Germany should aim to be a leader in hydrogen technology: minister

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FRANKFURT (Reuters) – Germany should aim to be a leader in technologies needed to make and utilize hydrogen, which offers a green alternative to fossil fuels in the shift toward a low carbon economy, the economy minister said on Wednesday.

FILE PHOTO: German Economy Minister Peter Altmaier attends a joint news conference after a meeting in Paris, France, September 19, 2019. REUTERS/Gonzalo Fuentes/File Photo

The government has been pushing renewables and other technologies to help cut Germany’s carbon emissions by 55% of their 1990 level by 2030 and by 80% to 95% by 2050. But it is already set to miss a target of a 40% cut in emissions by 2020.

“We have to set the course so that Germany becomes the No. 1 in the world in hydrogen technologies,” Economy Minister Peter Altmaier said in a statement.

“Now is the time for hydrogen and the technologies that are necessary for it,” he said after a meeting in Berlin to discuss Germany’s 2030 targets and its strategy for hydrogen usage.

Hydrogen gas has long been viewed as a potential alternative to fossil fuels because it emits water when it burns in oxygen rather than CO2, the greenhouse gas that coal, oil and natural gas emit.

But there are challenges to using hydrogen. Although the gas can be produced from water by electrolysis, this requires large amounts of electricity which Germany mostly generates from fossil fuels, although Berlin is expanding sources.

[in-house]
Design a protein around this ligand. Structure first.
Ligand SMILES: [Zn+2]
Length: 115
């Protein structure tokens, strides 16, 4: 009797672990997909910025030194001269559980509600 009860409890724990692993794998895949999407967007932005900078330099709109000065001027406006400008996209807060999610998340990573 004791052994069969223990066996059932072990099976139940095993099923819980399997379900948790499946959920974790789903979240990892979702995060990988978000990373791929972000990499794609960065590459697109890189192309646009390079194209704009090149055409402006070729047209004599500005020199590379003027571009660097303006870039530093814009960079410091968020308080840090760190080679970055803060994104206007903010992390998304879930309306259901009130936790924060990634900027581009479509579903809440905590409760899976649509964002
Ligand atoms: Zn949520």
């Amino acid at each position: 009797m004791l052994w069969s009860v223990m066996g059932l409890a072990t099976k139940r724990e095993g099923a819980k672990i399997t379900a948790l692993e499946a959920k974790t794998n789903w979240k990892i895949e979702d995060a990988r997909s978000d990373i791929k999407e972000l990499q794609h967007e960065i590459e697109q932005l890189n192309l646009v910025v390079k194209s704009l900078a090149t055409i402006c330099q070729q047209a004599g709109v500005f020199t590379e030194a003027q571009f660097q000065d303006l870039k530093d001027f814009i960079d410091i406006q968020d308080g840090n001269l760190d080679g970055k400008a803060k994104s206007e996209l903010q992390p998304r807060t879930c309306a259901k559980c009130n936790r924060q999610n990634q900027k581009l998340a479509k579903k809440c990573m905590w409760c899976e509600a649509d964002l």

Germany aims to use more natural gas, which produces less greenhouse gas emissions than coal or oil, as a transition fuel in the shift towards a low carbon economy.

Existing infrastructure for natural gas, such as pipelines and storage tanks, could also be used for hydrogen, if the fuel became available in commercial quantities, analysts say.

Pipeline operators have said the German network could be slowly adjusted so that it carries 10% hydrogen and 90% natural gas by 2030, rising to 20% to 30% hydrogen in the longer term, helping reduce emissions from gas combustion.

Germany has pilot projects to test ways to produce hydrogen from water using electrolysis but these are not yet commercially viable. Major industries have also been working on projects that could use hydrogen as fuel in manufacturing.

To encourage hydrogen usage, the Economy Ministry has proposed creating European and international certification for hydrogen technologies, exploring ways to market those technologies and seeking partner countries.

Reporting by Vera Eckert; Editing by Edmund Blair

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